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Each of the witness testimonies are interesting and fasifinating to read as they are all so different. Some people saw different things from the same lifeboat while others from many lifeboats all thought they saw the stern go vertical.
As the lights on the Titanic had only gone out moments before she went down people’s eyes had yet to adjust to the darkness so that also would have affected what they saw, what they thought they saw etc

Luke
 

Kyle Naber

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I think adjustment wasn’t necessary. The lights were dimming as the sinking progressed, so it wouldn’t be a huge jump from light to dark.
 
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Aaron_2016

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.....As the lights on the Titanic had only gone out moments before she went down people’s eyes had yet to adjust to the darkness so that also would have affected what they saw, what they thought they saw etc


Luke

Some of the survivors said they could distinctly see the stern after the lights went out and could see the funnels by the starlight glaring on the cylindrical metal. The problem is, some of the survivors may have felt it was their duty to protect the company and British shipbuilding by testifying it was too dark to see anything. e.g.


Collapsible D was very close to the ship when she broke in two.

Mrs. Brown could see everything. She said:
"I feel positive she was practically broken in two.....Dark as it was at the time we were near enough to see every feature of the ending of the great vessel."


Mr. Bright was also in her boat. He said:
"She broke in two. All at once she seemed to go up on end, you know, and come down about half way, and then the afterpart righted, itself again and the forepart had disappeared. A few seconds the after part did the same thing and went down. I could distinctly see the propellers, everything, out of the water." - He also saw the lights remain on the stern after she broke and settled back.


Now comes the problem. Mr. Woolner was also in their boat and he told reporters that he heard the explosions and saw the ship break open just like the others above. Yet he told the exact opposite when he testified and he told them it was too dark to see anything and denied she broke in two and did not hear the explosions. Something very fishy about it. e.g.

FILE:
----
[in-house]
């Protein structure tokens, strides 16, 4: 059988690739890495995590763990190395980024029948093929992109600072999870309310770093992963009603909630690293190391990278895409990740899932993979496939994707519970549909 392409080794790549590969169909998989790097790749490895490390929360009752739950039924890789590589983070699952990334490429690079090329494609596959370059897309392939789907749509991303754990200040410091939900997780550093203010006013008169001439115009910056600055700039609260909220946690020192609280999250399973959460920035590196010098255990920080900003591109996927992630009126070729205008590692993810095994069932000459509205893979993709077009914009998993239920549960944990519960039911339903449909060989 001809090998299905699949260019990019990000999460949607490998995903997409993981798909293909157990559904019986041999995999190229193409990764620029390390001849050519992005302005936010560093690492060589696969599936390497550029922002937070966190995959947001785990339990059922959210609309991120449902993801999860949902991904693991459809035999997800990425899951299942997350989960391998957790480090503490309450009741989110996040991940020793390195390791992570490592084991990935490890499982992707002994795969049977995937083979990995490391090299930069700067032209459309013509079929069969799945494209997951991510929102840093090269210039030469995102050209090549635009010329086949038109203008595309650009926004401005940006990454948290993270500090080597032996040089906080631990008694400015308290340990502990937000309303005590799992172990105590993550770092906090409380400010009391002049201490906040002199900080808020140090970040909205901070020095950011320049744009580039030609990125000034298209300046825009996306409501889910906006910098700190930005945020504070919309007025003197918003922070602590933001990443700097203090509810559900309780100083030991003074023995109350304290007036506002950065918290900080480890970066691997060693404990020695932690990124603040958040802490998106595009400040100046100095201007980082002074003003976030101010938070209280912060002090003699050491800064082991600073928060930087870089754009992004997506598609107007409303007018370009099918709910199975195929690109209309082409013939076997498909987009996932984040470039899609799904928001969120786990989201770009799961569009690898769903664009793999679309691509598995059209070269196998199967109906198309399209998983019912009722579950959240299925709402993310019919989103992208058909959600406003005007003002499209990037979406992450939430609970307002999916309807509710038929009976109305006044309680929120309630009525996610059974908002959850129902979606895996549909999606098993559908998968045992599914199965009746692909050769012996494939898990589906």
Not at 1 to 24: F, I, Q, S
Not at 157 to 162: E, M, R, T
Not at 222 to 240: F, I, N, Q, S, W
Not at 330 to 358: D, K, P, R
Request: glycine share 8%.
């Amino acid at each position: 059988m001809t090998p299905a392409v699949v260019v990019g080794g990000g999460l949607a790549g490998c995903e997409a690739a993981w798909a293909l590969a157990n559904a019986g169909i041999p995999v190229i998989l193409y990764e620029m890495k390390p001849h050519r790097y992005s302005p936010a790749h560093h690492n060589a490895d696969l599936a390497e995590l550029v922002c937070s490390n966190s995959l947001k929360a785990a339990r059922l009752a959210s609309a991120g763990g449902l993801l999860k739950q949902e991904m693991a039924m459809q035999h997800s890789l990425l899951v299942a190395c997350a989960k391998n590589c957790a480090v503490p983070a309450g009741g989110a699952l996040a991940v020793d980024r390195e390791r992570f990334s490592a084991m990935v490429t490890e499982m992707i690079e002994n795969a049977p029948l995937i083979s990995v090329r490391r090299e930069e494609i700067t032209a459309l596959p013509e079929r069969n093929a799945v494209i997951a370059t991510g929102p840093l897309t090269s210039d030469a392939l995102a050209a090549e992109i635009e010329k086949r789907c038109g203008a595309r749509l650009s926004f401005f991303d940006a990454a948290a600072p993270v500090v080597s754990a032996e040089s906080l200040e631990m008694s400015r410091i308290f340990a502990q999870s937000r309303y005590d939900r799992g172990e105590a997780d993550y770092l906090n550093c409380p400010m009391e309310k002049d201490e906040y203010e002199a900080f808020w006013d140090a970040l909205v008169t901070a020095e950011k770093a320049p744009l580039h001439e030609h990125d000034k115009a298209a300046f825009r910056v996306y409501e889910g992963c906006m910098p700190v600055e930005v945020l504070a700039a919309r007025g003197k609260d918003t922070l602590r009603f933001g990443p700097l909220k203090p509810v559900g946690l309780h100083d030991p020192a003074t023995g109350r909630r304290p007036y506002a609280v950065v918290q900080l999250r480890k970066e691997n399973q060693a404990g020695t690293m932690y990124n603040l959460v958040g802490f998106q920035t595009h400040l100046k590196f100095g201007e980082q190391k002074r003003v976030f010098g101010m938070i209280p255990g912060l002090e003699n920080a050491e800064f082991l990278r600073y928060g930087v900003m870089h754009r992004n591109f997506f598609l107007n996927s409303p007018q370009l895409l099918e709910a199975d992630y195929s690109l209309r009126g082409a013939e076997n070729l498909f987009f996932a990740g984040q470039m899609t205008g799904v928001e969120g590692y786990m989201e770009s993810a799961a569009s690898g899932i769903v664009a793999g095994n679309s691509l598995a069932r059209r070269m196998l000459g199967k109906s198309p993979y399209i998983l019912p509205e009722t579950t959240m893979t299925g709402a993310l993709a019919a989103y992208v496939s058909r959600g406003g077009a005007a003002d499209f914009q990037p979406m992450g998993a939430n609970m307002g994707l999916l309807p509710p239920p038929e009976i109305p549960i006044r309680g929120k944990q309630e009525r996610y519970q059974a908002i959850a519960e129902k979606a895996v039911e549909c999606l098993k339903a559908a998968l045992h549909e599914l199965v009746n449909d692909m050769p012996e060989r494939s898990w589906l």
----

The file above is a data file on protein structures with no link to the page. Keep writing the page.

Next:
Mr. Woolner was in collapsible D with the others above.

Q - Were you looking at the Titanic when she went down?
A - Yes.
Q - As you were looking at her when she went down, do you think she broke in two?
A - I did not think so.
Q - You did not hear any explosions?
A - No, sir; only a continuous rumbling noise.
Q - As she was going down?
A - Yes.
Q - Were you where you could see the funnels?
A - I could not really see a thing when the lights went out. It was all brilliantly lighted at the stem end, and suddenly the lights went out, and your eyes were so unaccustomed to the darkness, you could see nothing, and you could only hear sounds.


At face value a historian would read his testimony and believe it was too dark to see the ship break. Yet by digging deeper we see that other survivors in his lifeboat could see everything and saw her clearly break in two, so there was adequate light to see. In fact Mr. Bright was in his lifeboat and saw the stern break and saw the lights remain on the stern after she broke, so Mr. Woolner had no excuse to not see her break, which makes his official testimony very suspect, and adds more credibility to his original statement when he told reporters that she did break.

I believe there is a legal term when a witness does not wish to say anything that might incriminate someone i.e. the company, so instead of confirming she broke, he instead told them it was too dark to see her break, which put his conscience clear, but of course it is a direct contradiction from his original statement and also the fact that other survivors in his lifeboat saw her break and described it in detail. Mr. Woolner said he saluted the captain during the evacuation. Perhaps he held a great deal of respect to the crew and what they represented and this is why he could not admit she broke in two at the Inquiry and claimed it was too dark to see anything. A sense of loyalty.